These items should be perfectly safe and pose little-to-no threat to passengers, provided they are packaged and handled safely, said Metropolitan State University of Denver chemistry professor Andrew J. Bonham.
“In our day-to-day life, we’re used to dealing with only mildly reactive chemicals. But industrially and commercially, modern society depends on a large variety of chemicals that are potentially much more reactive,” he said. “These chemicals, in the wrong circumstances, are able to cause burns, eat their way through containers, and generate poisonous fumes if not properly handled.”
Many of the alleged dings against the airline could be characterized as sloppy paperwork — the notice cites items like paperwork listing the date as “30” instead of the full date of “4/30/13.”
However, there are items contained within the notice’s 37 pages that could cause greater concern, including several stemming out of Denver.
A shipment of dry ice — carbon dioxide frozen to a temperature of minus 109.3 degrees — was mislabled as a flammable solid and placed on a May 10, 2013 flight to Los Angeles from Denver, according to the notice.
“Knowing exactly what’s on board the aircraft and where it’s located provides the crew with a better chance of safely handling an emergency,” FAA Administrator Michael Huerta said in a statement Tuesday.
The notice also lists multiple occasions when quantities and locations of dry ice shipments were not provided to the captain, which could prove problematic if it is not handled appropriately.
Dry ice is commonly packed and shipped in specialized styrofoam containers, and a proper temperature must be maintained. If it melts, a small amount of dry ice creates a very large amount of carbon dioxide gas.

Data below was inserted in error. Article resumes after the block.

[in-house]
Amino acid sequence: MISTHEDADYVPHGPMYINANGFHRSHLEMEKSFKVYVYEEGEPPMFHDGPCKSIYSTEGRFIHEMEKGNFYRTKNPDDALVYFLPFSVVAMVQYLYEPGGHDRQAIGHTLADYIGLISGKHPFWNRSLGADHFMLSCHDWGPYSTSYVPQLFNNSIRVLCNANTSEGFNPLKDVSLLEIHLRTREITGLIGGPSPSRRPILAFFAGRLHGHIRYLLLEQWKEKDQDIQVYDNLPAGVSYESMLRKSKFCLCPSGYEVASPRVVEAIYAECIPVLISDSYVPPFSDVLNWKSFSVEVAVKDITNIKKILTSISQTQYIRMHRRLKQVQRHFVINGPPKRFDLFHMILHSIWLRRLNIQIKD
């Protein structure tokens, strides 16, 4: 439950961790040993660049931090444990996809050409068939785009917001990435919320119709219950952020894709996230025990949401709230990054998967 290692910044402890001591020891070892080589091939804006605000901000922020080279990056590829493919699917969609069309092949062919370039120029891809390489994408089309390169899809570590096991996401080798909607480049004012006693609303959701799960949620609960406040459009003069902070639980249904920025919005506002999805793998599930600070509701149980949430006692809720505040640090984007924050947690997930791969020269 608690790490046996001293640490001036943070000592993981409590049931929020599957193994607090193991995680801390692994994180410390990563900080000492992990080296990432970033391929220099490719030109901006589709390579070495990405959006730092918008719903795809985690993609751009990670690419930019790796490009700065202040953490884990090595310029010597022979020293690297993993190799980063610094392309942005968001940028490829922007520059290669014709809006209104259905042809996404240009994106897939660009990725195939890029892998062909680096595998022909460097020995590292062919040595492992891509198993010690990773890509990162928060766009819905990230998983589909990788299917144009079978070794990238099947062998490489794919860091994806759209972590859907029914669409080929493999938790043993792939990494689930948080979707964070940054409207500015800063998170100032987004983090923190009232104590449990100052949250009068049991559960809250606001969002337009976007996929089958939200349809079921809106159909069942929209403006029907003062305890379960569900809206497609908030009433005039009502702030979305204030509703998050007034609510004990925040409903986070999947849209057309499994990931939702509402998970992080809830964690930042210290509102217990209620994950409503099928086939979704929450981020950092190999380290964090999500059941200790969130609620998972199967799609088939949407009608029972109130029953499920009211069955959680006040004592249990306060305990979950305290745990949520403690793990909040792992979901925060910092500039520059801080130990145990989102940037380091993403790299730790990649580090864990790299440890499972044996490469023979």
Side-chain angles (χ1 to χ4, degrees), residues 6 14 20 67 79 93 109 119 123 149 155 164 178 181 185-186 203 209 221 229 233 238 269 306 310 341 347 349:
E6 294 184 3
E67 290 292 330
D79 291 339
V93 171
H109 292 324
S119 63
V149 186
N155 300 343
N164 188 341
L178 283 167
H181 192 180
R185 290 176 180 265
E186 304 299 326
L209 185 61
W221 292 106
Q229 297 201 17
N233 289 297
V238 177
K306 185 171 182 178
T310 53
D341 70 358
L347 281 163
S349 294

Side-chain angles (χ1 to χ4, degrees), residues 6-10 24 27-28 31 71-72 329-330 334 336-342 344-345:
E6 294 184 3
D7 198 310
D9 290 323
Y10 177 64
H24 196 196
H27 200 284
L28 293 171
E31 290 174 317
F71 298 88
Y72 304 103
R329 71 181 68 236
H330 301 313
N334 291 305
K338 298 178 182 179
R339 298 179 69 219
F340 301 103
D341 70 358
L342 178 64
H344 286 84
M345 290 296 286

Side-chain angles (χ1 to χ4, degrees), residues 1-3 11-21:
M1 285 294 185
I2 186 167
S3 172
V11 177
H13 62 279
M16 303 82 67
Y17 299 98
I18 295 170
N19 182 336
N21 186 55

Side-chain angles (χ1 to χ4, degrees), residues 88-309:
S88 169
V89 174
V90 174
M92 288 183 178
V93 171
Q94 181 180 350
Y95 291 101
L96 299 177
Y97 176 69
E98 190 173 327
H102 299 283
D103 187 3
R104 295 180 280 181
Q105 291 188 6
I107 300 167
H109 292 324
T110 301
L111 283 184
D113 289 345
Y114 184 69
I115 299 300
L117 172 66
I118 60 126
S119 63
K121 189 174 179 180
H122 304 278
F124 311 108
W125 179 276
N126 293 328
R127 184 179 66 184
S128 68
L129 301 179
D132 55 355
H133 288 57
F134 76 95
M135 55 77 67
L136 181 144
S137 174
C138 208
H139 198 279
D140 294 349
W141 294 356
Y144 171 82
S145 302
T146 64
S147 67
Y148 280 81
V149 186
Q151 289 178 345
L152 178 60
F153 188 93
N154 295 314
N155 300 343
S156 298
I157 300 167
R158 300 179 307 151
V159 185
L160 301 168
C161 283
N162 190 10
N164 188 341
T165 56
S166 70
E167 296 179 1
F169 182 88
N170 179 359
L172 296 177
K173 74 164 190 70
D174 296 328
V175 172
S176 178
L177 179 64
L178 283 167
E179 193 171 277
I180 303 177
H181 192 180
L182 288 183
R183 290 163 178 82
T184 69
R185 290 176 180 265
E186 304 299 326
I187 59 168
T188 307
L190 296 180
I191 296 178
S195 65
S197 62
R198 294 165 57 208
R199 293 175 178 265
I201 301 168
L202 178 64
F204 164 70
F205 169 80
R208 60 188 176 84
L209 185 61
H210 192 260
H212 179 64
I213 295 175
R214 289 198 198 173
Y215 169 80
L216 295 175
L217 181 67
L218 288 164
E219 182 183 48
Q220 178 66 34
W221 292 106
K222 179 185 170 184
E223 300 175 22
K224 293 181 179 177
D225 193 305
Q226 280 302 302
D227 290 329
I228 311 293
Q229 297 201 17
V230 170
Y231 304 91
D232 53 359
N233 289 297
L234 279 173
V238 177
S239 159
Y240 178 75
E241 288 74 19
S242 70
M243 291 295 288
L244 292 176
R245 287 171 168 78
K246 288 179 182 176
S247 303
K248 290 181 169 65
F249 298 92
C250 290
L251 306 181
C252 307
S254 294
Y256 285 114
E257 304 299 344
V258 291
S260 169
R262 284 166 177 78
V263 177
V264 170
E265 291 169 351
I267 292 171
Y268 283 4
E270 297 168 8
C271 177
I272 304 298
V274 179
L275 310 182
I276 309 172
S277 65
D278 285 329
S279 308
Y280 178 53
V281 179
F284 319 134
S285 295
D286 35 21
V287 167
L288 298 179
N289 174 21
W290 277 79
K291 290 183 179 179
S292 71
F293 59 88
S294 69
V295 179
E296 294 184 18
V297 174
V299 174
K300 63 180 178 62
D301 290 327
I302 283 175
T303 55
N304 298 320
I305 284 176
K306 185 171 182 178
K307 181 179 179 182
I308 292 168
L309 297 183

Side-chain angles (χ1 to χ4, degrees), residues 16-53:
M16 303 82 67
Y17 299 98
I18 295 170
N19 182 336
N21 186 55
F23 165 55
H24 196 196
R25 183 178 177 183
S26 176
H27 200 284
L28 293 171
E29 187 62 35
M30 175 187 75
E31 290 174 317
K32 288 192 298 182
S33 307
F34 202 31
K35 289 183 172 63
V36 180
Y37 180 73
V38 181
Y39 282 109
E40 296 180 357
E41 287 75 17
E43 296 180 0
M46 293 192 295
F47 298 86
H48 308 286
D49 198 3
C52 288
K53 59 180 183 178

If properly vented, this isn’t an issue, Bonham said.
However, a large amount of gas expanding in an enclosed space — such as a cargo hold — could prove disastrous under the right circumstances.
“We commonly demonstrate this principle by adding a small (think olive-sized) chunk of dry ice into a 2-liter soda bottle with a small amount of water and sealing it. The pressure will build up until the bottle explodes quite violently,” Bonham said.
Additionally, in May 2013, a shipment of ammonium persulfate and phosphoric acid were packed together and mislabled on a flight to Mexico City from Denver, according to the notice.
Acids, when combined with oxidizers such as ammonium persulfate, form compounds that can damage metal, which is why they are always stored separately.
While it’s near impossible a compound resulting from these two chemicals would be strong enough to damage the plane, a leak could certainly damage nearby cargo like electronics or other metal objects.
Among other alleged violations listed in the report:
• A shipment of paint labeled as “Life-Saving Appliances, Self-Inflating” on a flight from San Francisco to Sydney, Australia
• Pressurized gas labeled as “Fiberboard, Pressurized, Pneumatic”
• Lithium metal batteries described as “United Airlines”
• A shipment of internal-combustion airline engines sent without quantity or gross weight
DIA officials are aware of the situation, however, the issue falls under the jurisdiction of the FAA. They remain ready to help, if requested.
“Safety is the number one priority at Denver International Airport,” said airport spokesman Heath Montgomery. “We work closely with all of our airline, business and federal partners to ensure a safe operating environment.”
United has 30 days from receipt of the FAA’s notice letter to respond to the allegations, however, the airline has informed the agency of improvements to employee hazmat training and technological upgrades to its pilot notification system, according to the FAA.
The FAA will conduct inspections later this year to assess the results of those changes.
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